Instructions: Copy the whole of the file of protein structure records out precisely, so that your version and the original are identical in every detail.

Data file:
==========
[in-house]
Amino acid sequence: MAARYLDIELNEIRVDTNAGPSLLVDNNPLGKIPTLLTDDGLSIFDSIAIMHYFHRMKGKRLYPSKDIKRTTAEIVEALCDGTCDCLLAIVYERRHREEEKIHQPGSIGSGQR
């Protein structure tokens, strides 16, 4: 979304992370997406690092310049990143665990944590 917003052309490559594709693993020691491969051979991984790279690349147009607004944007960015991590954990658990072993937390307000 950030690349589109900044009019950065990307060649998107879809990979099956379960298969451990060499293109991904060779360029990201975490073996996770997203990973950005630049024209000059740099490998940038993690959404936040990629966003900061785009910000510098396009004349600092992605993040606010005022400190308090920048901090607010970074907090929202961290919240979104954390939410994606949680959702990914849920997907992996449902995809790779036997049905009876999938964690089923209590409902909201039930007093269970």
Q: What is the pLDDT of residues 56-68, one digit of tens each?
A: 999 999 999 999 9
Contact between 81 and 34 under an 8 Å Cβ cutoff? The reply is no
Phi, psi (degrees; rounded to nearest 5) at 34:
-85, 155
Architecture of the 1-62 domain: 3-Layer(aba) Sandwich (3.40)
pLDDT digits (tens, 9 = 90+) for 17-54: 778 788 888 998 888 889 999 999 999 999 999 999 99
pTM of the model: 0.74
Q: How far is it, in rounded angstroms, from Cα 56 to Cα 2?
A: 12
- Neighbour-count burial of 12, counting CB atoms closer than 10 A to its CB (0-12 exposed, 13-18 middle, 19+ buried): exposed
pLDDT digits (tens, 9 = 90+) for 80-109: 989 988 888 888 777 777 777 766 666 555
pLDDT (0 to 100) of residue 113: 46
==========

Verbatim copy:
[in-house]
Amino acid sequence: MAARYLDIELNEIRVDTNAGPSLLVDNNPLGKIPTLLTDDGLSIFDSIAIMHYFHRMKGKRLYPSKDIKRTTAEIVEALCDGTCDCLLAIVYERRHREEEKIHQPGSIGSGQR
């Protein structure tokens, strides 16, 4: 979304992370997406690092310049990143665990944590 917003052309490559594709693993020691491969051979991984790279690349147009607004944007960015991590954990658990072993937390307000 950030690349589109900044009019950065990307060649998107879809990979099956379960298969451990060499293109991904060779360029990201975490073996996770997203990973950005630049024209000059740099490998940038993690959404936040990629966003900061785009910000510098396009004349600092992605993040606010005022400190308090920048901090607010970074907090929202961290919240979104954390939410994606949680959702990914849920997907992996449902995809790779036997049905009876999938964690089923209590409902909201039930007093269970």
Q: What is the pLDDT of residues 56-68, one digit of tens each?
A: 999 999 999 999 9
Contact between 81 and 34 under an 8 Å Cβ cutoff? The reply is no
Phi, psi (degrees; rounded to nearest 5) at 34:
-85, 155
Architecture of the 1-62 domain: 3-Layer(aba) Sandwich (3.40)
pLDDT digits (tens, 9 = 90+) for 17-54: 778 788 888 998 888 889 999 999 999 999 999 999 99
pTM of the model: 0.74
Q: How far is it, in rounded angstroms, from Cα 56 to Cα 2?
A: 12
- Neighbour-count burial of 12, counting CB atoms closer than 10 A to its CB (0-12 exposed, 13-18 middle, 19+ buried): exposed
pLDDT digits (tens, 9 = 90+) for 80-109: 989 988 888 888 777 777 777 766 666 555
pLDDT (0 to 100) of residue 113: 46